P: I see. And if there are, can you tell us about the adverse effects of using topical corticosteroids?
S: What we know about topical corticosteroids is they are a key component in managing eczema. They used it as an anti-inflammatory to settle down that active eczema and what we know with topical corticosteroids is they’ve been around a very long time but there has been a lot of misinformation about the safety around topical corticosteroids and some of that is just that misinformation that’s out of the community. And there was research studies done many years ago, back in the 1960s when it was first started which looked at using sort of early topical steroids on the skin of normal people and by normal people I mean people without eczema or other sorts of skin conditions. And when they did that and used them at long periods of time, they were able to induce some side effects of people worry about with topical corticosteroids such as the thinning of the skin. But in reality is that was really sort of like an over dosage situation just like if you take Panadol inappropriately you can cause yourself harm. So with any kind of thing, any kind of medicated cream we know that it needs to be supervised by a doctor and coordinated. But what we did a few years ago at Royal North Shore Hospital we looked at a large group of children and these were children who used topical corticosteroids for long periods of time to control their eczema and we to see if we saw any problems with this so called skin thinning or other sort of side effects in those children and we’re really… in the fact that over a nine month period we didn’t see any troubles. So what it tells is that in that sort of situation when you’re using topical corticosteroids to … down the inflammation of the eczema only and when there’s no inflammation just to go back to the regular moisturizer alone that you don’t see any trouble and this led to a consensus that…which means a group of pediatric dermatologists from around Australia and New Zealand who got together late last year and published an article… looking at all the side effects around topical corticosteroids to basically reassure people that in this pediatric setting, it’s very unusual to see any real problems at all.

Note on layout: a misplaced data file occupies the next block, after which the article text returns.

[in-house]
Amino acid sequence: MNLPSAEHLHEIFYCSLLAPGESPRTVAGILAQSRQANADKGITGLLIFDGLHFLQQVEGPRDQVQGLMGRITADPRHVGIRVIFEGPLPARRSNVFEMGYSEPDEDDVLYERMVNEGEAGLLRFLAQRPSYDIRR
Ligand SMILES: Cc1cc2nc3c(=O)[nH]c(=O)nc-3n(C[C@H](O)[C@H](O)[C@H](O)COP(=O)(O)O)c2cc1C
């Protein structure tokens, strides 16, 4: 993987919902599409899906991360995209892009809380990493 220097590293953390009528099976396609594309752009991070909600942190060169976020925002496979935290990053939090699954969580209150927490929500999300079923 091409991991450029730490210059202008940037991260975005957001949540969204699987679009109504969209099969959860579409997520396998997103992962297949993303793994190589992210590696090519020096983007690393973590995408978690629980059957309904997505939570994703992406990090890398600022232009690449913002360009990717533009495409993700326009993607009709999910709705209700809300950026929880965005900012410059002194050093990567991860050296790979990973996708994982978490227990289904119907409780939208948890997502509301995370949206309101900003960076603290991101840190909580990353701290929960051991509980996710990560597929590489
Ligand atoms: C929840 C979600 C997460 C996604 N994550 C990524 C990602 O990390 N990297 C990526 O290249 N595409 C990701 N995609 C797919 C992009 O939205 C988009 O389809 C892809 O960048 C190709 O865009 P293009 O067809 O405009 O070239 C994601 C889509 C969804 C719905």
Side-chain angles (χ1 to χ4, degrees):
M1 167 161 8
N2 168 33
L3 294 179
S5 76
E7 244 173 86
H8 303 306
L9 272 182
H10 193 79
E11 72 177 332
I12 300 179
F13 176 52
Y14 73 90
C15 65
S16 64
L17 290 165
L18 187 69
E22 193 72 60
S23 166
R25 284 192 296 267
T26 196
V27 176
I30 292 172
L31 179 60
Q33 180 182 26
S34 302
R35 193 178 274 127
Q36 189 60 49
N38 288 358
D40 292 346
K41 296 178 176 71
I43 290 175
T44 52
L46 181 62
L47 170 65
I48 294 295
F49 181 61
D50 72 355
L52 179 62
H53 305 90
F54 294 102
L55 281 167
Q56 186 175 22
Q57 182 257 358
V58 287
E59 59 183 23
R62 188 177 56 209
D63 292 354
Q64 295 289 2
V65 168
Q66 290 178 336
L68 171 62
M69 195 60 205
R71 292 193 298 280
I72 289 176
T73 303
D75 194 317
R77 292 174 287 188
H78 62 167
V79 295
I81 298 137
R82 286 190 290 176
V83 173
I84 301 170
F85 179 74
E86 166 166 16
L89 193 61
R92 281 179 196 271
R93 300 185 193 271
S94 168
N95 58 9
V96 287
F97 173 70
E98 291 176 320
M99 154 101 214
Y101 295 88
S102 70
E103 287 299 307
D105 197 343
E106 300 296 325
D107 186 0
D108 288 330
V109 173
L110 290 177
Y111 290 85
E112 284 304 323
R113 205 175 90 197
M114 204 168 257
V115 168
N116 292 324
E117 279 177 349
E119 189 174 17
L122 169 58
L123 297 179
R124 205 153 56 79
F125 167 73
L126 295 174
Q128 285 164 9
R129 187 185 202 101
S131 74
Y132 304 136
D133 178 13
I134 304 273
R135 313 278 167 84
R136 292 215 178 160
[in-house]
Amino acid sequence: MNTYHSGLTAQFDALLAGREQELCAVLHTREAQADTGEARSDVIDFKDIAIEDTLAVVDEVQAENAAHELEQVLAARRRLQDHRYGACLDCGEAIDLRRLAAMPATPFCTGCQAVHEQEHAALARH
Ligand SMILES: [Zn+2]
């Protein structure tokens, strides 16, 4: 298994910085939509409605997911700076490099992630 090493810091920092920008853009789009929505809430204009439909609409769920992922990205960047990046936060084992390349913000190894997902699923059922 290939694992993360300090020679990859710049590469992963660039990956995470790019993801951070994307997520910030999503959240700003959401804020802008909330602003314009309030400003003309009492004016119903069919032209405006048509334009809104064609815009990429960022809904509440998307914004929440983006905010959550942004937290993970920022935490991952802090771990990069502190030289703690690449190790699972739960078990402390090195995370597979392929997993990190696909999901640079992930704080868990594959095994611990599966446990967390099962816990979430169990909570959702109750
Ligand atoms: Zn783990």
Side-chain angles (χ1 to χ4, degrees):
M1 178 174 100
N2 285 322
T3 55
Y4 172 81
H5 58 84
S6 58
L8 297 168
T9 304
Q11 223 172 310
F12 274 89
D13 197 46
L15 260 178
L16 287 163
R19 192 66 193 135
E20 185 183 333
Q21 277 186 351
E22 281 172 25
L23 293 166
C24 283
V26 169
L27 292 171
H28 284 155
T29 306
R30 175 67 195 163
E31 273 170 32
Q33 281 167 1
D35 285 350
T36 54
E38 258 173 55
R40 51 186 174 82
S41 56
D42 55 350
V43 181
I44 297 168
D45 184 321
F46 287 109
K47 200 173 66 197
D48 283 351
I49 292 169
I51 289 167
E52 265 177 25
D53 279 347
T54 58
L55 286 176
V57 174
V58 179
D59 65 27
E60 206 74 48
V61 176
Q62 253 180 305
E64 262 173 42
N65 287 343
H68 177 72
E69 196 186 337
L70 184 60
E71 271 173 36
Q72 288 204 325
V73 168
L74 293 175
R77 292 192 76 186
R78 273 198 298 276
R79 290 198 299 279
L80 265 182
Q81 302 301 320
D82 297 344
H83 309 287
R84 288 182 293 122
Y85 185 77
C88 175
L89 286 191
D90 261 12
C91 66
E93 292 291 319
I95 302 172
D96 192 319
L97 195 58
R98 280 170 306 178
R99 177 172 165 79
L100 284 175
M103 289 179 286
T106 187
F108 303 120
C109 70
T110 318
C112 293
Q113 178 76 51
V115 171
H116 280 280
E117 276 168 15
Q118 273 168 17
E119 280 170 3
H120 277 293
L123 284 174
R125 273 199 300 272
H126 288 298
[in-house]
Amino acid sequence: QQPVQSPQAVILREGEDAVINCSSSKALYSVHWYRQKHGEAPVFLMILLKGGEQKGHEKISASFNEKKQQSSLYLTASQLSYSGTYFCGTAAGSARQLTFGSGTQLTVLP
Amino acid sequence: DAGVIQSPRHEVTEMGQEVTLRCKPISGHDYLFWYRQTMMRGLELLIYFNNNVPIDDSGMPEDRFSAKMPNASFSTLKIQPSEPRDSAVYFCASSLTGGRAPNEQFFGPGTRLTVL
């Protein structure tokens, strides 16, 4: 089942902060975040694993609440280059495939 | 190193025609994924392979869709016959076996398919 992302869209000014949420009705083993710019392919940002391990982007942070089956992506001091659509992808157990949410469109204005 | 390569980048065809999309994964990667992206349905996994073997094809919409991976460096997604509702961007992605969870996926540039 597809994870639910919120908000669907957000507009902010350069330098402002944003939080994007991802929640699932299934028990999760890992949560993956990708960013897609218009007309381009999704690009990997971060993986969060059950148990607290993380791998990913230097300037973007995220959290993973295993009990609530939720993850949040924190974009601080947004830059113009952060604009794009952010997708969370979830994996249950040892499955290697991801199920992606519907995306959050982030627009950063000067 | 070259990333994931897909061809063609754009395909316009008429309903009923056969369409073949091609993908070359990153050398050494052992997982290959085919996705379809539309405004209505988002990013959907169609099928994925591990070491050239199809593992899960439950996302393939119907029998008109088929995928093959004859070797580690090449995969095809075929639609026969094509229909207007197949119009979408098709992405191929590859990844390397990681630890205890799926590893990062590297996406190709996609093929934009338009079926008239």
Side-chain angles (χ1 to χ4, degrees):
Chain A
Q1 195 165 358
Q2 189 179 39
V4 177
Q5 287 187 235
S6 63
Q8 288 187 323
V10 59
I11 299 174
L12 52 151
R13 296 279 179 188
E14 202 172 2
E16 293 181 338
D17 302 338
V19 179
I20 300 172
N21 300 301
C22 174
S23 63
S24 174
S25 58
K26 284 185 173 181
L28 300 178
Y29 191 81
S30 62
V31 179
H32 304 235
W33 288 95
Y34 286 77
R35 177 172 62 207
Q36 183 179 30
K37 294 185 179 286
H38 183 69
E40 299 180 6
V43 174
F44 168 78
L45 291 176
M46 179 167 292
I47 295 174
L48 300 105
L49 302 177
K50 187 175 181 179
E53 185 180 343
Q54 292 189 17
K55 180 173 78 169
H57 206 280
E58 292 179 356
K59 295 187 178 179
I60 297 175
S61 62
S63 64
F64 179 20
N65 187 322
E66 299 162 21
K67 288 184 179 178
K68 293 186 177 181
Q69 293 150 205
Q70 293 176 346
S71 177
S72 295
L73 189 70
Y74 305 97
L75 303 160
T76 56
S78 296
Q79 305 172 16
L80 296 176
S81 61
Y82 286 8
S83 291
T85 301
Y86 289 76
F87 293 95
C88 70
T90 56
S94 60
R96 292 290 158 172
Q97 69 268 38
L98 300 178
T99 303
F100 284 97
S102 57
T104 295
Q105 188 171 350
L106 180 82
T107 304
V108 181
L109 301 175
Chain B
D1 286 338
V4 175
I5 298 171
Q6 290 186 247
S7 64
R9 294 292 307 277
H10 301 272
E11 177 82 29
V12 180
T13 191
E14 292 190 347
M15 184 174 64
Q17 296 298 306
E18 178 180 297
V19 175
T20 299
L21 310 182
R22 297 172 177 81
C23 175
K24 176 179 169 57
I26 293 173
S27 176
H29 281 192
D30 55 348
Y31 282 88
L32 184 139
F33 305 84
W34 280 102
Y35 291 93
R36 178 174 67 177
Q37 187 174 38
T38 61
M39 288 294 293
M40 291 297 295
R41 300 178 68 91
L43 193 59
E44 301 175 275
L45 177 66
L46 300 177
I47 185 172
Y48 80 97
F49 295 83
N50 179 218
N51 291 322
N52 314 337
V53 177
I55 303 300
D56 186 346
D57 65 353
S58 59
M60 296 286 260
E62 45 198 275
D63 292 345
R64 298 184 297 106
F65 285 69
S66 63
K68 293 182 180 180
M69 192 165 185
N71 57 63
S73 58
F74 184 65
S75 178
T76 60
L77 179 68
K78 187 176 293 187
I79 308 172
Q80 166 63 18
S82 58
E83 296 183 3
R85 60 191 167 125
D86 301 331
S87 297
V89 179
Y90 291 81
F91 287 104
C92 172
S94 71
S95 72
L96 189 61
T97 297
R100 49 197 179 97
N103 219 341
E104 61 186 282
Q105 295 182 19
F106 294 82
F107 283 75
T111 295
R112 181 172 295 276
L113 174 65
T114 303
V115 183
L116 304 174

P: Alright. How can health care professionals best develop a framework so there’s a consistent approach to patient advice on the use of topical corticosteroids?
S: What we know from chatting with parents who have children who suffer from eczema they get a lot of information about topical corticosteroids from a range of different places this includes getting it from the internet, from the family and friends or random people in the street even sometimes but also from their general practitioner and their pharmacists and what we found is it there is a real spectrum in knowledge or differences that can exist between pharmacists, general practitioners and dermatologists. You also have great dermatologists, general practitioners and pharmacists that speak the same language and sing from the same song sheet as they say where around the safety and the effectiveness of topical corticosteroids. But we know that when you hit someone in that group who is not up to date with the latest information, who’s not up to date with the research that has been done for the last 5 to 10 years to show the safety of topical corticosteroids as well the effectiveness, that can dramatically impact upon that parent or patient around their feelings or their understanding around the safety and effectiveness of topical corticosteroids. And if you have confusion what this means to is people are less likely to use the topical steroids which means that less likely to get on top of their eczema and most like to have … eczema affects the whole family it’s not just the child who has the eczema. If there’s one person in the house who’s not sleeping because they’re scratching with their active eczema or not it means no one in the house is sleeping. That means they’re not performing well at school, it means the parents are not doing well at work or looking after the rest of the children the next day because everyone’s tired. So we have to remember that this is not just a skin condition it actually has huge impact on the family as well. So it’s important that we all think from the same song sheet around the safety. I’m very happy to share the information as we’re doing around the evidence and the evidence basis for this.